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Diller says USA Networks' Lycos deal final

USA Networks chief executive Barry Diller says his company will not renegotiate the terms of its acquisition of Internet portal Lycos.

NEW YORK--USA Networks chief executive Barry Diller said his company would not renegotiate the terms of its acquisition of Internet portal Lycos.

Unlike other recent Net acquisitions or mergers in which stock prices jumped after the deals were announced, Lycos's stock tumbled on concern that the company had not been sold at a premium.

"I think that the market overreacted clearly over the Lycos deal," said Diller after his keynote address at Jupiter Communications' Consumer Online conference here today.

During his speech, Diller said that his cable television empire, USA Networks, and online properties had individually "promising but uncertain futures" unless they could have a national Internet force to complement their local reach, especially in light of the increasing consolidation between the larger players.

"We knew that the fit with Ticketmaster-CitySearch made sense, but the business model for all was troubling," he said. "They are too dependent on advertising.

"I felt for a long time that advertising couldn't support the Internet business the same way I don't think it will be able to support solely the TV business," Diller added.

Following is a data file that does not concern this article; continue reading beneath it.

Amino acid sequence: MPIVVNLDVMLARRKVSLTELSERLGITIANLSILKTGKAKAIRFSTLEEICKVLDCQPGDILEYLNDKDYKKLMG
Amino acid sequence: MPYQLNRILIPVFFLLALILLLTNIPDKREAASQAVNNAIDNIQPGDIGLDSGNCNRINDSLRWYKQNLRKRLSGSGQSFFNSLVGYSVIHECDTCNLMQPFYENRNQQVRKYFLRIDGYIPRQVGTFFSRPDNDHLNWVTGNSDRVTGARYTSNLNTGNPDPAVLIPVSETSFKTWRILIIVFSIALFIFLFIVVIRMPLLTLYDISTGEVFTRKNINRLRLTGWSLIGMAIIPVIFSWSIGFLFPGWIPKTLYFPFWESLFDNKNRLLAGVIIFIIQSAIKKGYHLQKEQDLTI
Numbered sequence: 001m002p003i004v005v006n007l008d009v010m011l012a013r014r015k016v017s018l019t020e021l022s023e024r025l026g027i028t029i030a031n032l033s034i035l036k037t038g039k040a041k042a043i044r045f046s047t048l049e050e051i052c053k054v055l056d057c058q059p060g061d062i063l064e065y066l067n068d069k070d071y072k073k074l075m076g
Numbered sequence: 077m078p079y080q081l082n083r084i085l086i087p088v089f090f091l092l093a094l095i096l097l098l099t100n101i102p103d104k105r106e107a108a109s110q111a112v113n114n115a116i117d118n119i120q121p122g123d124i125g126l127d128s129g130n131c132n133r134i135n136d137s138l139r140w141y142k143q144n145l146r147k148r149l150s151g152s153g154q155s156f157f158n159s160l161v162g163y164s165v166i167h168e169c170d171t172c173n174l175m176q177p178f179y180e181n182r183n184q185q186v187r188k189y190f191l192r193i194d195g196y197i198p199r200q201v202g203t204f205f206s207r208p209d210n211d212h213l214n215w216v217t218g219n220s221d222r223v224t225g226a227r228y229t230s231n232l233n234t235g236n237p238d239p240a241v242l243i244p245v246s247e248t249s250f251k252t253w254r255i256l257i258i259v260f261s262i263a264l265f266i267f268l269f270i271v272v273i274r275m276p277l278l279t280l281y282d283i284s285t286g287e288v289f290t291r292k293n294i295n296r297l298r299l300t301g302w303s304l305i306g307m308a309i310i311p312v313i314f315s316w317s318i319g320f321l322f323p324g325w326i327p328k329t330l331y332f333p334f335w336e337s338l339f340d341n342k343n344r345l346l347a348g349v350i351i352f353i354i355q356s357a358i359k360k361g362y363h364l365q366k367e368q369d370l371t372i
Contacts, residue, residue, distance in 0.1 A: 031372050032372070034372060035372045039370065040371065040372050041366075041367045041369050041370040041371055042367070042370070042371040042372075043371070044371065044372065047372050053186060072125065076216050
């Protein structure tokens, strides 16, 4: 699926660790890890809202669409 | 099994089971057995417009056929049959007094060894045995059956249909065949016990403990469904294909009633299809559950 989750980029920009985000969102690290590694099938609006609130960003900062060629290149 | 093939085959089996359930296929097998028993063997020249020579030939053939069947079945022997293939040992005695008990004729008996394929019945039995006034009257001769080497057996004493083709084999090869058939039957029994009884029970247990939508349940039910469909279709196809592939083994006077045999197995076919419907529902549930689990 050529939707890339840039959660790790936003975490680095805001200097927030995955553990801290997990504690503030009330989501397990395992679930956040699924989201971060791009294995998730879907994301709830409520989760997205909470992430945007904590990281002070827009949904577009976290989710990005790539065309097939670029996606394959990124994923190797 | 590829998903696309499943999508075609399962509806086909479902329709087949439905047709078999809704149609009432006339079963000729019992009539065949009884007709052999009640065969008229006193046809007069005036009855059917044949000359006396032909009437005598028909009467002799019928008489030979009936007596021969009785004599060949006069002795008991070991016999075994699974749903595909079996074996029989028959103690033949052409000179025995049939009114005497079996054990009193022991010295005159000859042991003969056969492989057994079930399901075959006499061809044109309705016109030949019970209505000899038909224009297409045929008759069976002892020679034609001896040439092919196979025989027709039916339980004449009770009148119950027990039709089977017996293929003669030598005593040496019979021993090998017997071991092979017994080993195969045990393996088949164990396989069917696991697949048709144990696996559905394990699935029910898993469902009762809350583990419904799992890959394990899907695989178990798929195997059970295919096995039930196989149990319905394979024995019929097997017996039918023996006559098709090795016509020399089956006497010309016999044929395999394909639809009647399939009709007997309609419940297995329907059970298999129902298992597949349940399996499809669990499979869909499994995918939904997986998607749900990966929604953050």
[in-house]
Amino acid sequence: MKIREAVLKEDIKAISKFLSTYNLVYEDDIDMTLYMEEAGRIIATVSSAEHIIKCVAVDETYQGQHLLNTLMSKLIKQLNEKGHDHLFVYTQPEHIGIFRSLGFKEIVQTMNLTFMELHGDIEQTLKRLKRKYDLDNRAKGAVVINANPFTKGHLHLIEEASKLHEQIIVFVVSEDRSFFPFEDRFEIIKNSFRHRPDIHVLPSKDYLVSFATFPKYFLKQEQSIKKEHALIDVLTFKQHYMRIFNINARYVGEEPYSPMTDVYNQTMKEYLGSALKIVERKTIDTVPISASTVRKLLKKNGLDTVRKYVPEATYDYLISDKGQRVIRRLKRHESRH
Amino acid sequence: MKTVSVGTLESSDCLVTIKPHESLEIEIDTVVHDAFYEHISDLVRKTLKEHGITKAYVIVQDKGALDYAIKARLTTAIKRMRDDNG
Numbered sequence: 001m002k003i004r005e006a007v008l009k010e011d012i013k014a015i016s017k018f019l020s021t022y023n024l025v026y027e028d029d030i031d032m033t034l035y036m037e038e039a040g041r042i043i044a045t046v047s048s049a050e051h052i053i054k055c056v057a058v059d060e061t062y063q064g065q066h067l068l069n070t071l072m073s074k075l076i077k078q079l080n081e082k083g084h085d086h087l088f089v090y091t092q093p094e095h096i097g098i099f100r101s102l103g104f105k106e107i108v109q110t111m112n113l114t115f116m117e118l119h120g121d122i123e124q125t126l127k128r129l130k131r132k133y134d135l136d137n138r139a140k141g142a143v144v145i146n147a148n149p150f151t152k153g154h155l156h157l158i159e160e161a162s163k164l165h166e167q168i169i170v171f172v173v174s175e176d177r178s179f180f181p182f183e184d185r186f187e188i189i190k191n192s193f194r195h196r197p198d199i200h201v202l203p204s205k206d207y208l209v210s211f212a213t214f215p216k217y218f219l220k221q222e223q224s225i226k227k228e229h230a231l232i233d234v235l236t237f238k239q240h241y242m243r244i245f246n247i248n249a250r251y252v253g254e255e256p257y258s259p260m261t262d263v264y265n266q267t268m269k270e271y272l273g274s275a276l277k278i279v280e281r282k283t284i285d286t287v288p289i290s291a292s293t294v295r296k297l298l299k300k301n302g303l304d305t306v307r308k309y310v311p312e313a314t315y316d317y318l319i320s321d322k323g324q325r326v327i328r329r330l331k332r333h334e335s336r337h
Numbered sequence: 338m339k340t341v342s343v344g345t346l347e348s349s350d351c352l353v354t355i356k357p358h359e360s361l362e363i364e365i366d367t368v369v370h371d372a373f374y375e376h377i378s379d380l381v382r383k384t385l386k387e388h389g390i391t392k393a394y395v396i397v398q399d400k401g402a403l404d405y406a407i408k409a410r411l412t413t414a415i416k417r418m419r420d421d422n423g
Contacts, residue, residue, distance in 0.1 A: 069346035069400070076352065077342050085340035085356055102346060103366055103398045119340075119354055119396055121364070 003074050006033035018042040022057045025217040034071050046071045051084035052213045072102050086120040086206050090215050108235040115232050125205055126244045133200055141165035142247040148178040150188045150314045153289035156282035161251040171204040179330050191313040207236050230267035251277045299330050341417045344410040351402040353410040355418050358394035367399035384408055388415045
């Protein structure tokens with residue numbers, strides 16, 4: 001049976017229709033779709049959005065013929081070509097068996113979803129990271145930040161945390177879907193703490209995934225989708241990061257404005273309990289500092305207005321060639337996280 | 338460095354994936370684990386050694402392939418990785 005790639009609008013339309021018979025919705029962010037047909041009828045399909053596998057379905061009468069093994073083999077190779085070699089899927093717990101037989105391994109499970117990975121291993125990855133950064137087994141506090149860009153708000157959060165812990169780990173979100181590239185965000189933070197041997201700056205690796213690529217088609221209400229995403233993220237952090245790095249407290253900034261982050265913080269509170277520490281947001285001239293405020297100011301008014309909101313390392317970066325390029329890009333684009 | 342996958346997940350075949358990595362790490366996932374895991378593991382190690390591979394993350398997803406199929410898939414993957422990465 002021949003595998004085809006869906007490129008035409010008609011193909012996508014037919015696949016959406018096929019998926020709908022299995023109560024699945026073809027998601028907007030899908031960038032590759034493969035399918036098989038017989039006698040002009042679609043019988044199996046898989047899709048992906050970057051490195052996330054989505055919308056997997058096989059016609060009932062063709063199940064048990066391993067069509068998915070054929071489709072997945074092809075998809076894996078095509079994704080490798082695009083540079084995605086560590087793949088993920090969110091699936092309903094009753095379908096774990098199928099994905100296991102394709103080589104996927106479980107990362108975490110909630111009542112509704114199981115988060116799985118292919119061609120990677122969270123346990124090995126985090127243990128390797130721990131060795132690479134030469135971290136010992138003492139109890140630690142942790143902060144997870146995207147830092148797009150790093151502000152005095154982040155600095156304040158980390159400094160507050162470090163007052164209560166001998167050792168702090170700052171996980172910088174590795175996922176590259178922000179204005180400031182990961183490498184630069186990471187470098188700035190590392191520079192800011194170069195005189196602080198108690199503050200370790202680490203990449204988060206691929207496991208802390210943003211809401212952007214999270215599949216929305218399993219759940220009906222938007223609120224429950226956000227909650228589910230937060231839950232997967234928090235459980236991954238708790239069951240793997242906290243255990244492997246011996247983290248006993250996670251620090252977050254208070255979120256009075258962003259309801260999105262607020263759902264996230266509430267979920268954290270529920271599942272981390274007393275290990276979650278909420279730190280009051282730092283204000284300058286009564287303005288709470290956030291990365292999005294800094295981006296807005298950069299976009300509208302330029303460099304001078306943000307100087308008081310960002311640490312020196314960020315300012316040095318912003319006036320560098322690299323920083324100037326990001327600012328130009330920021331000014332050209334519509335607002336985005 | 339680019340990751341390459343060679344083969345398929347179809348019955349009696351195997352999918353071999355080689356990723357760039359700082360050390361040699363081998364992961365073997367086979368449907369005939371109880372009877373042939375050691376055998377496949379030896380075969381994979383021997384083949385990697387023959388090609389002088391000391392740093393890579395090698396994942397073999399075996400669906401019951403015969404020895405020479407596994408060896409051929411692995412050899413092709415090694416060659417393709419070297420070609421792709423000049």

He noted that advertising is in a "slow arch" toward direct selling. "That is why I think the Home Shopping Network can be quite a transition to the new world order," Diller said.

"To me this is the story of interactivity becoming Internet activity," said Diller. "[It's the story] of convergence of telephones, computers--televisions being replaced by a new convergence of entertainment, computers, and television.

"Those companies that are able to link in a seamless way the direct selling of merchandise locally and through Internet searches and Internet communities, while using old-world outlets like TV to advertise the services, will come out ahead," Diller added. "It is with those companies that I would place my bet--that I have placed my bet."

Although the Home Shopping Network is commonly known for selling fake rings and jewelry and on its TV channel, completing sales by telephone, Diller said it already has the infrastructure to support e-commerce sales, shipping, and warehousing.

"We had $23 million worth of computers sales in a single day," said Diller, emphasizing that the company no longer focused on low-tech merchandise. It was HSN's infrastructure and Diller's other online properties that got him thinking about combining with Lycos.

"Frankly, I liked [Lycos's] location: Boston and not Silicon Valley," Diller said. "[Lycos has a] very practical and hardworking attitude" and has grown at a tremendous rate.

"Lycos was not like Nike. They were more like Converse All Stars--they got the job done," Diller added.